Holders of CoCos absorb losses before other bond holders do. The possible occurrence of a trigger event raises the question of how unsecured depositors and subordinated bond holders would respond. They may react positively if a CoCo is triggered because the size of the CoCo buffer partly determines how much downsize they have to absorb. Also, a larger buffer may increase their willingness to provide funds to the bank. At the same time, there is a risk that these parties, who may be unfamiliar with CoCos, interpret conversion as a negative signal prompting them to sell bonds or withdraw deposits. In that case, conversion or write-downs would create instability rather than stability. In such an environment, banks may find it more difficult to attract new funding.
- Some triggers are discretionary in nature.
The European Capital Requirements Regulation allows the supervisor to intervene if warranted by a bank’s capital position. Decision-making by supervisors about triggering CoCos may result in more uncertainty, and the action taken may differ from supervisor to supervisor. That is why supervisors need a clear policy on the exercise of their discretion in triggering going-concern CoCos.
- It may be difficult for investors to determine their position in the capital hierarchy.
There are situations where the CoCo holder absorbs a loss, while the shareholder can maintain his claim on the bank’s assets. Nevertheless, the shareholder will usually be the first to absorb most of the losses. Setting the CoCo trigger at 5.125% means that the bank has already incurred significant losses which weakened its capital position by the time conversion or a write-down is triggered. This also has consequences for the role of (market) discipline, which shifts from the shareholder to the CoCo holder. This may result in more bank risk-taking (Koziol and Lawrenz 2012). Having said that, CoCos may also actually promote the bank’s discipline because the CoCo holders have a strong incentive to monitor the bank’s risky behaviour and the occurrence of a trigger event puts at risk the bank’s funding options (Maes and Schoutens 2012).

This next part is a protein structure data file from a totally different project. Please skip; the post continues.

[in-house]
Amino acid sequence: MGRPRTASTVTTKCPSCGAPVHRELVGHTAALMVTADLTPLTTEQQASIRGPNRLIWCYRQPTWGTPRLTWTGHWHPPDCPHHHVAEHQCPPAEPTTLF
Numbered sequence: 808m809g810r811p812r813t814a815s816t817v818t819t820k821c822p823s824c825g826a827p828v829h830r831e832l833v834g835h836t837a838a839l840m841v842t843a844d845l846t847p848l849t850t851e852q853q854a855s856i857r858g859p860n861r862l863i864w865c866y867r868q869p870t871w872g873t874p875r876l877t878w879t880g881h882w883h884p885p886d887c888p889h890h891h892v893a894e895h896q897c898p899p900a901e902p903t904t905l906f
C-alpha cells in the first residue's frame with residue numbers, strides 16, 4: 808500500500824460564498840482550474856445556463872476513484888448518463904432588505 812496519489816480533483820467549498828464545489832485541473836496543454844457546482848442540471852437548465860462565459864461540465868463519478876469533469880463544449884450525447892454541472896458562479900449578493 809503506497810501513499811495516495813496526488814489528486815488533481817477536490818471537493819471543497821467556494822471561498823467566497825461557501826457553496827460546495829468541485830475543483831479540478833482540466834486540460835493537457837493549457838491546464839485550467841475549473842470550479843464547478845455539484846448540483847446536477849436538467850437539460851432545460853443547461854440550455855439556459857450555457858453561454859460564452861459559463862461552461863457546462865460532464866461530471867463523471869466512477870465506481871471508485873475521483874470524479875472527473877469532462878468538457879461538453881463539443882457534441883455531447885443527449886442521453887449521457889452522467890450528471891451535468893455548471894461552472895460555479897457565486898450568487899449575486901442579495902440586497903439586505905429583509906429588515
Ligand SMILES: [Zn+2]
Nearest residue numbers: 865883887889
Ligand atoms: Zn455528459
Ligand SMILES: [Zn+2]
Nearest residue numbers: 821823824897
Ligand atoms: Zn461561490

- There are no far-reaching restrictions on holding CoCos.
Financial institutions may hold CoCos issued by other financial institutions, and such cross-holdings may create systemic risk. As is the case with equity investments in financial institutions, a combination of sizeable CoCo holdings held by financial institutions and the occurrence of an event triggering conversion puts pressure on financial stability, with the CoCos spreading contagion (Zhou et al. 2013). This may have a negative impact on the system’s capacity to absorb losses.
The search for yield and the tightening of capital requirements have resulted in a wave of CoCo issuances. Banks have used CoCos to strengthen their capital positions, improve their leverage ratios, and protect senior bond holders against bail-ins. CoCos may contribute to financial stability provided that:
- Banks do not hold large CoCo cross-holdings; and
- CoCos have high triggers based on book value.
This is so because CoCos (and their conditional conversion or write-down mechanisms) strengthen the capital position in a banking crisis, which limits any bail-out costs in the event of a bank resolution.
At the time of writing, no CoCo has been converted or written down, which leaves unanswered the question of how financial markets will respond to the occurrence of a trigger event and what the actual effects of these instruments will be. While acceptance and standardisation of the instrument are growing, it remains difficult to price the risks associated with CoCos.
CoCos may act as a buffer that essentially makes banks more resilient in times of crisis. CoCos, therefore, are similar to share capital and can strengthen banks’ capital position when things go bad and issuing equity may be difficult. Coupon payments are tax-deductible, whereas dividend payments are not, which means that CoCos are a more cost-effective means of strengthening bank capital. While shareholders’ equity remains the main capital buffer, high-trigger CoCos – i.e. with a trigger level well over 5.125% – are also loss-absorbing and thus allow banks to operate as a going concern.
Disclaimer: The views expressed in this article are those of the authors and should not be attributed to the Dutch Central Bank.
 The CRR stipulates a minimum trigger of 5.125% (common equity Tier 1 relative to risk-weighted assets) for Additional Tier 1 instruments.
Bank of International Settlements (BIS) (2013), “CoCos: A Primer”, Quarterly Review, September.
Bloomberg (2014), “CoCo Market Seen Swelling to $80 Billion on Bank’s Review”, 3 September.
De Spiegeleer, J and W Schoutens (2013), “Multiple Trigger CoCos: Contingent Debt Without Death Spiral Risk”, Financial Markets, Institutions & Instruments, 22(2).
Financial Times (FT) (2014), “European Banks Raise Capital Ahead of Stress Tests”, 3 July.
Flannery, M and E Perotti (2011), “CoCo Design as a Risk Preventive Tool”, VoxEU.org, 9 February.
Goodhart, C A E (2010), “Are CoCos from Cloud Cuckoo-Land?” VoxEU.org, 10 June.
Koziol, C and J Lawrenz (2012), “Contingent Convertibles: Solving or Seeding the Next Banking Crisis”, Journal of Banking and Finance, 36(1).
Maes, S and W Schoutens (2012), “Contingent Capital: An in-depth Discussion”, Economic Notes, 41(1-2).
Zhou, J, V Rutledge, W Bossu, M Dobler, N Jassaud, and M Moore (2012), “From Bail-out to Bail-in: Mandatory Debt Restructuring of Systemic Financial Institutions”, IMF Staff Discussion Note, 12(3).